The trumpet sounds, clear and exultant, and is greeted by a crescendo of boos.
This was the scene at repeated Hong Kong football matches, as fans in the semi-autonomous Chinese city expressed their disdain at being represented by the national anthem of the People's Republic of China.
Such disrespect of the "March of the Volunteers" will soon be illegal, as Hong Kong moves to adopt a hugely controversial national anthem law which critics say could undermine its constitutional protections for free speech.
Lawmakers Wednesday, January 23 began discussing the legislation which sets standards for playing and singing "March," and makes it a crime punishable by up to three years in prison "to insult the national anthem," CNN says.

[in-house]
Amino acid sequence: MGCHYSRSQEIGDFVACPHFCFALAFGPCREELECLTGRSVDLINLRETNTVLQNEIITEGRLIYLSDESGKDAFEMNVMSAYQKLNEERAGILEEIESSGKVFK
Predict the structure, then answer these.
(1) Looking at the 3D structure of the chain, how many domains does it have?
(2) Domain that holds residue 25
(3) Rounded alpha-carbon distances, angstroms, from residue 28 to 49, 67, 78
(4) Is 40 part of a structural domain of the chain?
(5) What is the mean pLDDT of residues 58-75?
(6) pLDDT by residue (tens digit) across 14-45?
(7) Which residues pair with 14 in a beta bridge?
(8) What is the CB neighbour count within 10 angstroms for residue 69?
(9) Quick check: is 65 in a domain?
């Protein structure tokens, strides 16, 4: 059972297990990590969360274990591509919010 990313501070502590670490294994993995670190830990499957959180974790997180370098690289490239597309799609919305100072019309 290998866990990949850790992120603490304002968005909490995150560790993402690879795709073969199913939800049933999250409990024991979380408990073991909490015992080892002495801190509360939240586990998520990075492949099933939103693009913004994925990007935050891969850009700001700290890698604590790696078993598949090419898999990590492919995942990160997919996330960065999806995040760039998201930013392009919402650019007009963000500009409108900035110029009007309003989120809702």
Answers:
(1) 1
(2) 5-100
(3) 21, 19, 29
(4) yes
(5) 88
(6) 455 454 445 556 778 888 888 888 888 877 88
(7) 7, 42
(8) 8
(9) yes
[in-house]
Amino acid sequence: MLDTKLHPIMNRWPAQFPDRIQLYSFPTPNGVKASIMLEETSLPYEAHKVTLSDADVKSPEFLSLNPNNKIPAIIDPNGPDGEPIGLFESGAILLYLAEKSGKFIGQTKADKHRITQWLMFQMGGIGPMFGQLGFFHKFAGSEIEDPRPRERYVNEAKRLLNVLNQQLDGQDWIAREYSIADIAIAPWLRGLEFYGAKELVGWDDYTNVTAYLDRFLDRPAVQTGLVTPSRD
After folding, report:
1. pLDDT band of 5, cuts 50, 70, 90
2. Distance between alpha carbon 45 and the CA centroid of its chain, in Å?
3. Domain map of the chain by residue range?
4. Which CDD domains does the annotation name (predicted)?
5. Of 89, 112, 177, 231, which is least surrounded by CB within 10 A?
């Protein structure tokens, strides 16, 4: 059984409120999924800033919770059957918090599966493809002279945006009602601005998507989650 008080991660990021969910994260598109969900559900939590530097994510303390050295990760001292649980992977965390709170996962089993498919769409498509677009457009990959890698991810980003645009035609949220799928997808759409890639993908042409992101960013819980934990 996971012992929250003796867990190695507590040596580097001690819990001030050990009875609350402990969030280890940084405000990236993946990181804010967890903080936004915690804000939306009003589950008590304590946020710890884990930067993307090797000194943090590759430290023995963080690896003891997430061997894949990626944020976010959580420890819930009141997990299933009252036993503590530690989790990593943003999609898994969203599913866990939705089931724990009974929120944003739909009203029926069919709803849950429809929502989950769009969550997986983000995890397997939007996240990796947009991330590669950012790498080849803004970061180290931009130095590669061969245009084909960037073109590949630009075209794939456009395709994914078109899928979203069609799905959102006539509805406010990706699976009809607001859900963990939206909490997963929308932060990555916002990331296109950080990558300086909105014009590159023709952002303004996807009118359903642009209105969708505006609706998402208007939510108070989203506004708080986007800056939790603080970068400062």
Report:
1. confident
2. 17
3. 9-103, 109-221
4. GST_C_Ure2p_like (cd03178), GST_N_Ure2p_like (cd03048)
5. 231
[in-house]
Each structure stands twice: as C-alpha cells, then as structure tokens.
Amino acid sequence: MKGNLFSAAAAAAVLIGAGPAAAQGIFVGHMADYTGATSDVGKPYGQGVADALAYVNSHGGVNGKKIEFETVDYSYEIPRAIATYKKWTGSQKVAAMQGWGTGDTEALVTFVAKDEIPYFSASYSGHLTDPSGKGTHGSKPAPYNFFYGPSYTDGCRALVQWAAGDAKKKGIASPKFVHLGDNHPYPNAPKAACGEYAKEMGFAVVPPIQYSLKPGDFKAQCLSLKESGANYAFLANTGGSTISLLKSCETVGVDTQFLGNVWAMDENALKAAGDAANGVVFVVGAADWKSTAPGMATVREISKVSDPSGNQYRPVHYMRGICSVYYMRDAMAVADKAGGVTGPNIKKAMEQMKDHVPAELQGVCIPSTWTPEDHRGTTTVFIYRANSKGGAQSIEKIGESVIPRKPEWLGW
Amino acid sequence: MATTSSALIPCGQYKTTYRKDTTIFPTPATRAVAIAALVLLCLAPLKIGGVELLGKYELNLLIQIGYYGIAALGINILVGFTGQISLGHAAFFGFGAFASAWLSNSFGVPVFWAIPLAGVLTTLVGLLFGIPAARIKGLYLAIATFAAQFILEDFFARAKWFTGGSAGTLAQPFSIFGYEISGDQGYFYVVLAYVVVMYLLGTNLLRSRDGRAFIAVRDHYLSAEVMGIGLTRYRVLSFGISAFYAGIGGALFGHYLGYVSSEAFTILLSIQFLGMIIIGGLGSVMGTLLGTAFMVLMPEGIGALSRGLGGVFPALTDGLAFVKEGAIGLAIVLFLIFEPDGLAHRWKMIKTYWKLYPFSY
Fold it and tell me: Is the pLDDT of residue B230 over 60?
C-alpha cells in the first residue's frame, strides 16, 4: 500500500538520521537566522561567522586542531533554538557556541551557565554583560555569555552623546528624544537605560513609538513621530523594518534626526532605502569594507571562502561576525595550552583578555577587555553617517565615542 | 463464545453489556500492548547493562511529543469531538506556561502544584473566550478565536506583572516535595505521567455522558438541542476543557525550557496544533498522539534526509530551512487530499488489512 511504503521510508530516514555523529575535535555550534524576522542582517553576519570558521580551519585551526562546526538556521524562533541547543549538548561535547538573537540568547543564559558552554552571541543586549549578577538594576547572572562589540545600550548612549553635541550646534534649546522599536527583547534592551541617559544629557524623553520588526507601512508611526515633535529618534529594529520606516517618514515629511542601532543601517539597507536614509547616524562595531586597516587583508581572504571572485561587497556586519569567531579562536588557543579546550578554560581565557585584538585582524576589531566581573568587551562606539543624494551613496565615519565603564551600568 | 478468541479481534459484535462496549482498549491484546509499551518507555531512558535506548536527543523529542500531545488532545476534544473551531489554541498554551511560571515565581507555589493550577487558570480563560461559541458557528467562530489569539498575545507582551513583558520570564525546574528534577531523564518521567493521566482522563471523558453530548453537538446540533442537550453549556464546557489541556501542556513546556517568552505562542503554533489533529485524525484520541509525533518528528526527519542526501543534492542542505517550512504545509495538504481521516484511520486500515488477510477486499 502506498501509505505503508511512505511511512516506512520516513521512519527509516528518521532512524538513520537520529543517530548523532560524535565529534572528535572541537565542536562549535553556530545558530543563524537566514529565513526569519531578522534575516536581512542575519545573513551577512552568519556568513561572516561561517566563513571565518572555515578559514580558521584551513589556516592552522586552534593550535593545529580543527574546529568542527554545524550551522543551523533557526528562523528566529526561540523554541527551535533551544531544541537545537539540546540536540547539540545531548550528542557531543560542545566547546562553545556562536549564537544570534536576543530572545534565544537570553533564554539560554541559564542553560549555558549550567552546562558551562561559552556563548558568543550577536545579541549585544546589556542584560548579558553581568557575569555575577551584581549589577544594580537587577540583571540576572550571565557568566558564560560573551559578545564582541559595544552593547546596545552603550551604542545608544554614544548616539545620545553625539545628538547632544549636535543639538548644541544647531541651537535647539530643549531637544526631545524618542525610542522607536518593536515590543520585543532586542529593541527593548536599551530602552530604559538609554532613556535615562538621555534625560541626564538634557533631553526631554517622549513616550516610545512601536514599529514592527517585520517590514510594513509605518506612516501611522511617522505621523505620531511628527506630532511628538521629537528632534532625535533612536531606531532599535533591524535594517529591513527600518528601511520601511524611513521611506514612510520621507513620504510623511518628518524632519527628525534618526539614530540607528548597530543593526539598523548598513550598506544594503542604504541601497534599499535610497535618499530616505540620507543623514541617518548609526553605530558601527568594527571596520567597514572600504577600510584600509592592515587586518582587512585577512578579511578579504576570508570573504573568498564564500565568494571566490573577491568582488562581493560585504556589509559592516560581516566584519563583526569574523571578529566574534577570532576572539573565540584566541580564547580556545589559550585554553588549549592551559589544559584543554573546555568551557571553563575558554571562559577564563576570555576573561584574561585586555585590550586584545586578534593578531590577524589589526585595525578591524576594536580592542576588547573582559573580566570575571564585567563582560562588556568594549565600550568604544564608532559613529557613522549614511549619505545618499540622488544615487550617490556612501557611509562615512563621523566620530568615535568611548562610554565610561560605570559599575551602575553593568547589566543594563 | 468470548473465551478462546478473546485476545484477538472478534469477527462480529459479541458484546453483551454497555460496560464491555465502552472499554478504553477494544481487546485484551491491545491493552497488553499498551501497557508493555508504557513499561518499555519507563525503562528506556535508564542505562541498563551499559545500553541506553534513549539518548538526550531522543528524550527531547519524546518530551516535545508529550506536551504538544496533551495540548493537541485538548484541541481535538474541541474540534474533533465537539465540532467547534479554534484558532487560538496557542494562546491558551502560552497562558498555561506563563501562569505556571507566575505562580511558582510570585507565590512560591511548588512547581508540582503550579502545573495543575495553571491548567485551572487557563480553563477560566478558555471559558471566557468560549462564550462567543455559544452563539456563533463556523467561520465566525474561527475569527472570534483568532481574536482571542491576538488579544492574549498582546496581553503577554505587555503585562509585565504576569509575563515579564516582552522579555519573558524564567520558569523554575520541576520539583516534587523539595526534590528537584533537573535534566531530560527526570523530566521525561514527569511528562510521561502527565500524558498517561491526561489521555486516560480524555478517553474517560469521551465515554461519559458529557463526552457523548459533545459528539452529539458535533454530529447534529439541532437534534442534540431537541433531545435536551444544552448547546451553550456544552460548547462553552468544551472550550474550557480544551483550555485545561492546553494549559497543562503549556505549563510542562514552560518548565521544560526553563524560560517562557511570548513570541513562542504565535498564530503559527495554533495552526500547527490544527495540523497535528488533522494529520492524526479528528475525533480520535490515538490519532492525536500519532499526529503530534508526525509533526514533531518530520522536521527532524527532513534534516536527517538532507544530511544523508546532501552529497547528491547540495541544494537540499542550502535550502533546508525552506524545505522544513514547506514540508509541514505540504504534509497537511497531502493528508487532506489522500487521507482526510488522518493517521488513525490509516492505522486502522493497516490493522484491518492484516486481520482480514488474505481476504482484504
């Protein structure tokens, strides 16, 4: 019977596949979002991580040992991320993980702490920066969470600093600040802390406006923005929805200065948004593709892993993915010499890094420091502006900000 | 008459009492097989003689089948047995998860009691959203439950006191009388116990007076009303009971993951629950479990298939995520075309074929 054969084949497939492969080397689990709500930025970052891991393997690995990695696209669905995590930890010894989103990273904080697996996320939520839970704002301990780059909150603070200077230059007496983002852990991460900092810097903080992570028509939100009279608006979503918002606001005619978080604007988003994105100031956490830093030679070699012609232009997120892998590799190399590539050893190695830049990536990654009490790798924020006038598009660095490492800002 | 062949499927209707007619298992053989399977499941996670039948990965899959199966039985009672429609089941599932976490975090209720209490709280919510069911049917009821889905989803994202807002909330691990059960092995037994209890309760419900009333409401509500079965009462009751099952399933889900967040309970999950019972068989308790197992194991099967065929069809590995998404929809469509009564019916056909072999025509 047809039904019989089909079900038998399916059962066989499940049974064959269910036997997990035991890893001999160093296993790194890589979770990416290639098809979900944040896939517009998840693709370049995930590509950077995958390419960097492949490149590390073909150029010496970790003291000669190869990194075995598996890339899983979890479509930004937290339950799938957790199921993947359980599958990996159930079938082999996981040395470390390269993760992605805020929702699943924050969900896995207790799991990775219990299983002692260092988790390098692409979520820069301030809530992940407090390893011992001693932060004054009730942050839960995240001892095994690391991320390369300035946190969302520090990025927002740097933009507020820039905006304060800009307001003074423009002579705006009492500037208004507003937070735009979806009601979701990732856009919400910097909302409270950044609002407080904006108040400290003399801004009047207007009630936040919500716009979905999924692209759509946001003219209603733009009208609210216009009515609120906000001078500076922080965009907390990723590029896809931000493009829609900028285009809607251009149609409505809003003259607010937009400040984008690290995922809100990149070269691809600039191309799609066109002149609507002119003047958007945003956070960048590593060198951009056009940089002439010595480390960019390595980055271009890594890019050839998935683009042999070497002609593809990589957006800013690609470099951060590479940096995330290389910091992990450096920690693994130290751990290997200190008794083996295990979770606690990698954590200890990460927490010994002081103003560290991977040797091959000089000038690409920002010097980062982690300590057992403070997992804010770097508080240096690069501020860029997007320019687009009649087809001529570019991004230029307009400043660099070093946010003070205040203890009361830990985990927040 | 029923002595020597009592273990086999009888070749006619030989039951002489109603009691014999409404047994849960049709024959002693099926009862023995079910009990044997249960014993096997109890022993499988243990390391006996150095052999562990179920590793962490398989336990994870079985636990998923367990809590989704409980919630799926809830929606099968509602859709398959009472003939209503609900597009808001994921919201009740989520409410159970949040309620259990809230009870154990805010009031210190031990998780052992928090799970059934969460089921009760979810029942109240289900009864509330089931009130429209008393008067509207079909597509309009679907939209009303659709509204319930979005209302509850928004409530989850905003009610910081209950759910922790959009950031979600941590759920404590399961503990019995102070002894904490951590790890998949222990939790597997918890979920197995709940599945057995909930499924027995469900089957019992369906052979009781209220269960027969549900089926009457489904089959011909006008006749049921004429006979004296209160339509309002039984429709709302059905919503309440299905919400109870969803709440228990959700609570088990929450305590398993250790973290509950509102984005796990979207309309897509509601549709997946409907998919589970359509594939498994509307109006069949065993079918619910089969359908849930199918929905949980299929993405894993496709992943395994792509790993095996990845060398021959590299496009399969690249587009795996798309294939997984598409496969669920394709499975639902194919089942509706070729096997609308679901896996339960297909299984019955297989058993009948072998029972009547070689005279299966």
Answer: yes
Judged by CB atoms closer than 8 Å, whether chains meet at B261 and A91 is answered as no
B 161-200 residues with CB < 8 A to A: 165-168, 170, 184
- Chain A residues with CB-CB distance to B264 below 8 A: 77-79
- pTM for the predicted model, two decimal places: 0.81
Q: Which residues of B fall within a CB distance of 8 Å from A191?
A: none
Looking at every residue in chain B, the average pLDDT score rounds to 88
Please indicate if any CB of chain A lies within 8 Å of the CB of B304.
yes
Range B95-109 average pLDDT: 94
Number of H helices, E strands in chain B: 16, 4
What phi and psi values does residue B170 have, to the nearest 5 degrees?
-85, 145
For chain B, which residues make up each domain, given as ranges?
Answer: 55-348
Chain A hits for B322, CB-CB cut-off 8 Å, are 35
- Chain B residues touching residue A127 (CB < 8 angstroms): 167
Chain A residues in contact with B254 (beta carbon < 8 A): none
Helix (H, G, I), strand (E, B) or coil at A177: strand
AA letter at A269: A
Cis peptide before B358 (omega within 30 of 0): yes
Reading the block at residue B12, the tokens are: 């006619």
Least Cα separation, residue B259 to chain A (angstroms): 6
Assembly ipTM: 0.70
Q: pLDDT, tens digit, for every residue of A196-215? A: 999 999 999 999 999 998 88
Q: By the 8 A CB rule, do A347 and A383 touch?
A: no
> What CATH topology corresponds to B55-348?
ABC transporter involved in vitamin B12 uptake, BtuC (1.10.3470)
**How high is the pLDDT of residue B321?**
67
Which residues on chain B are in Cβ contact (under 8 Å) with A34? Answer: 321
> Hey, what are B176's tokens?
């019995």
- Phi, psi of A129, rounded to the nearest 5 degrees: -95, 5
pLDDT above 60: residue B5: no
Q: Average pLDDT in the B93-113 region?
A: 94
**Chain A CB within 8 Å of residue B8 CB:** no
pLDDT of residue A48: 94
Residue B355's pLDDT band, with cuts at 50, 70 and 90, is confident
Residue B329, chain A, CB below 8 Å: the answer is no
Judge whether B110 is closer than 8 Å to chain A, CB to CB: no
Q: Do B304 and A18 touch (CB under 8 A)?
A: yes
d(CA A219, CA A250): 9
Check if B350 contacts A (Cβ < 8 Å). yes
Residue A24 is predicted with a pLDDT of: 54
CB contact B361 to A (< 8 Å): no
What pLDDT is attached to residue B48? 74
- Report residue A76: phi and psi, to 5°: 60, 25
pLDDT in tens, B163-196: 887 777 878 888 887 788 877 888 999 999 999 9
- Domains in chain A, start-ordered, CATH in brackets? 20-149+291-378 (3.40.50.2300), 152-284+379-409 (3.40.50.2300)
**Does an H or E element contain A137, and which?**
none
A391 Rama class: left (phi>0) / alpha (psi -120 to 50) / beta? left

Schoolchildren, including those at international schools, would also be legally required to learn the anthem, which opens with the line, "Arise, we who refuse to be slaves!"